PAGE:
Going to bed late, regardless of whether you’re a night owl or an early bird by nature, is linked to worse mental health, according to a new study by Stanford University researchers.

Scientists had believed that aligning your sleep behavior to your sleep time preference — “evening people” going to sleep later, and “morning people” going to sleep earlier — was beneficial for mental health. This is known as aligning to your chronotype.

But the latest study suggests, to researchers’ surprise, that going to bed late is potentially harmful for the mental health of all individuals, regardless of their natural sleep time preferences, as it’s linked to higher rates of depression and anxiety.

“We found that alignment with your chronotype is not crucial here, and that really it’s being up late that is not good for your mental health,” said the study’s senior author Jamie Zeitzer, a Stanford professor of psychiatry and behavioral sciences. “The big unknown is why.”

Both morning people and evening people who went to sleep late had higher rates of depression and anxiety, according to the study, which was published this month in Psychiatry Research.

Night owls who went to sleep late were the most negatively impacted: They were 20%-40% more likely to have been diagnosed with a mental health disorder than night owls who went to sleep on an early or intermediate schedule.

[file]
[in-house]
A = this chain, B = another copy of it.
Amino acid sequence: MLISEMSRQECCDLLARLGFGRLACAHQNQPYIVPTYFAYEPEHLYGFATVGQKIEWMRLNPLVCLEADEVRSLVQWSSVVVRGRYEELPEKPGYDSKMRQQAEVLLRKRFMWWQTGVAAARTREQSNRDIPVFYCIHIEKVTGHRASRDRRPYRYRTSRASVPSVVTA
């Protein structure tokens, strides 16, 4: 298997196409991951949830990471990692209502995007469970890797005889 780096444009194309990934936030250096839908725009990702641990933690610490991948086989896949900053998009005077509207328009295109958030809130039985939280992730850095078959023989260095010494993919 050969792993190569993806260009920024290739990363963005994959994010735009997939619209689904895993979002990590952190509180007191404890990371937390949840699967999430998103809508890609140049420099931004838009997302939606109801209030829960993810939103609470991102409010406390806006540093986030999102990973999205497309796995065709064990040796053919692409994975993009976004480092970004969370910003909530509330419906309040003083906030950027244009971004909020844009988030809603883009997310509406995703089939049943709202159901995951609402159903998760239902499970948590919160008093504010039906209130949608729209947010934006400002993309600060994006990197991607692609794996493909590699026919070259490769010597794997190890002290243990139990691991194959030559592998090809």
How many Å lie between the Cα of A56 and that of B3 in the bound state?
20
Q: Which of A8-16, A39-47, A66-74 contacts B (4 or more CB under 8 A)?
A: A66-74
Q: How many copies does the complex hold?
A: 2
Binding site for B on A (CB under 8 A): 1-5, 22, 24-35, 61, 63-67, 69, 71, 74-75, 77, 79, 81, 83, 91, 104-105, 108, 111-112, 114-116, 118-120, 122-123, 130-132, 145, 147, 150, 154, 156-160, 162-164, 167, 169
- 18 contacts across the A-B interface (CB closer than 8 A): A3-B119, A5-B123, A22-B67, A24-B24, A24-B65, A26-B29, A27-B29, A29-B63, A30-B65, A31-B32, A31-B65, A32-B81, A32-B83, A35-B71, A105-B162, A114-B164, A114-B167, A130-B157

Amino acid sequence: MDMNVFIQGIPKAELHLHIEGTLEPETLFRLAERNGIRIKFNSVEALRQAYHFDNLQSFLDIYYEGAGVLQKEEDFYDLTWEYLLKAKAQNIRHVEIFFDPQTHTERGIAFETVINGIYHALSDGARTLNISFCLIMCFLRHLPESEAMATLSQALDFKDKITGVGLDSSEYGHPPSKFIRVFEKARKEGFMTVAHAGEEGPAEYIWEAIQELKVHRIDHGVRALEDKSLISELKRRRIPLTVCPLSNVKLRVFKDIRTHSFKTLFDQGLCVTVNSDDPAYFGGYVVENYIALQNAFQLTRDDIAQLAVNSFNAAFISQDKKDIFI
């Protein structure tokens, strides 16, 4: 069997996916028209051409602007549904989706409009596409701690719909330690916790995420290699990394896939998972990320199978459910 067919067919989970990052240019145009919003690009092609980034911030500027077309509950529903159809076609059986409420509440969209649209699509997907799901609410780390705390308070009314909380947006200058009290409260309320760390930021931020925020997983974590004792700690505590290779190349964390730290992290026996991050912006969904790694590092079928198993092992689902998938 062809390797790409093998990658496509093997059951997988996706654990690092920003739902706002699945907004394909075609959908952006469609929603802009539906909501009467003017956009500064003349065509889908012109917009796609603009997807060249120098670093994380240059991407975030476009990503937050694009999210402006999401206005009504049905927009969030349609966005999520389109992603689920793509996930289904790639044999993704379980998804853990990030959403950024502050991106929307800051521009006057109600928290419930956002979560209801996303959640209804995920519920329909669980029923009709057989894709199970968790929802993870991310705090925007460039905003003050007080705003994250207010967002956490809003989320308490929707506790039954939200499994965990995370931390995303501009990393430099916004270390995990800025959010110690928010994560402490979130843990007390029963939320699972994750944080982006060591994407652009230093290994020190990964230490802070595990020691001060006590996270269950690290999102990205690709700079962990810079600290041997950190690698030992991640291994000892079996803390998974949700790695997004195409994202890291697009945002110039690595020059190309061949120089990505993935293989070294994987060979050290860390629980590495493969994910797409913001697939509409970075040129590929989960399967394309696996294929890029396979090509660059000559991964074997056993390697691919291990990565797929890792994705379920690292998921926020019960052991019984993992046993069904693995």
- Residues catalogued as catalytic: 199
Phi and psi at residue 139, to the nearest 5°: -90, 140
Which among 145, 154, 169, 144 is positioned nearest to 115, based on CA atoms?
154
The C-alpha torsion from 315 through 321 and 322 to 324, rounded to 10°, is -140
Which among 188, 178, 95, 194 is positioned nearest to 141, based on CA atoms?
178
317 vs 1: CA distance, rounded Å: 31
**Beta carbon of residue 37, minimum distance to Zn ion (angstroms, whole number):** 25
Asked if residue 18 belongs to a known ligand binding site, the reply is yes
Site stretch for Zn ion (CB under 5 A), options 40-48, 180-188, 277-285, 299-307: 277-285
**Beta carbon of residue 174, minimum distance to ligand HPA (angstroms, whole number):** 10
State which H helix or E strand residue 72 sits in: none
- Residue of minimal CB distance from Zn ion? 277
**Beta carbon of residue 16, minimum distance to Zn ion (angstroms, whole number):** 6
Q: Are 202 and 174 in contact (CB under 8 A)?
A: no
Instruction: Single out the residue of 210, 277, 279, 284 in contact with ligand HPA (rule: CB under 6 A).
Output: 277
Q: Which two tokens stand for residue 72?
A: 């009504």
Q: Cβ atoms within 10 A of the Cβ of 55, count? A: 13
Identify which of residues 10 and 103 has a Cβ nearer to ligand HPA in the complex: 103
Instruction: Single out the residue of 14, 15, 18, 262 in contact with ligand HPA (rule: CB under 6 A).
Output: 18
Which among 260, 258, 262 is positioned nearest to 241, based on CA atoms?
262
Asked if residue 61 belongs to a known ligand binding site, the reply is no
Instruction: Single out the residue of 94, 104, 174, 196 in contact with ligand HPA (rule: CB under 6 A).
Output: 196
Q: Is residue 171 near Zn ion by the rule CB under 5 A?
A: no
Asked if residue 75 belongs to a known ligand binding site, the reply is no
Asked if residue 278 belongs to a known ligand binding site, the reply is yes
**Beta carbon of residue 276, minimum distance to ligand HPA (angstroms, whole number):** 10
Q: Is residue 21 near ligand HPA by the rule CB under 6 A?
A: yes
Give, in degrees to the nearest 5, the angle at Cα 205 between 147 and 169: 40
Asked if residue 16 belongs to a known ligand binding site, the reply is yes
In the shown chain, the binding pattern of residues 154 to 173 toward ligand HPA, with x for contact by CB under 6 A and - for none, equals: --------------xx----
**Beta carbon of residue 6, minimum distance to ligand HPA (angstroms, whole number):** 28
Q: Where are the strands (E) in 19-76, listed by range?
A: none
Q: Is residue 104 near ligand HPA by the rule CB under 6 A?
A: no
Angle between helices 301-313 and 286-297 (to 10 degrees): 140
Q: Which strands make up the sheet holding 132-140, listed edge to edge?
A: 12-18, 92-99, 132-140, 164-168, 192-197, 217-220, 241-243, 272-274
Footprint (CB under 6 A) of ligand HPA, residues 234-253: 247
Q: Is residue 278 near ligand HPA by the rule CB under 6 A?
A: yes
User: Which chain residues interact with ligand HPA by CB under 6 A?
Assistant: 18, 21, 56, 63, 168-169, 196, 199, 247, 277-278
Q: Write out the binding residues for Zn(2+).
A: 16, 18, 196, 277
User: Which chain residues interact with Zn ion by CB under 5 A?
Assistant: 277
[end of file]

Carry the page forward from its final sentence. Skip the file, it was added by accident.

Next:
Early birds who went to sleep late also suffered in terms of their mental health, but not as much as the night owls.

Early birds who went to bed early, and awoke with the sun, fared the best.

The findings were determined independent of sleep duration and consistency of sleep timing.

For healthy aging, the study recommends that people go to bed before 1 a.m., regardless of whether they identify as night owls or early birds.

“It’s important to get to sleep before 1 a.m.,” Zeitzer said. “That’s the one-sentence takeaway.”

The analysis included about 74,000 middle-aged and older adults in the United Kingdom. Researchers tracked their sleep using a wearable activity tracker for seven days, and noted from their health records any diagnoses of mental or behavioral disorders. About a quarter of the participants self-identified as evening people; 9% considered themselves morning people; 65% were somewhere in the middle.

The study did not attach a specific bedtime to be considered “early” or “late,” but rather grouped the participants in three categories, relative to each other’s sleep time — 25% were early sleepers, 25% were late sleepers, and 50% were intermediate or middle sleepers. The 1 a.m. cutoff was based on the distribution of participants’ sleep times.

The study did not attempt to answer why mental health appears linked to sleep timing. But researchers think it could be related to actions and behaviors that people tend to take or experience in the very early morning hours, such as alcohol and drug use, overeating and suicidal thoughts. People also tend to be more isolated late at night, with fewer people around who are also awake, and thus fewer social guardrails.

Zeitzer is now taking the study a step further and examining whether certain behaviors that people engage in late at night are associated with positive or negative mental health outcomes.

“If you’re up late binge-watching Netflix, does that have the same outcome as if you were up late because you’re hanging out with friends?” he said. “If you’re staying up late, does it matter what you’re doing? That’s the next step.”


Source Link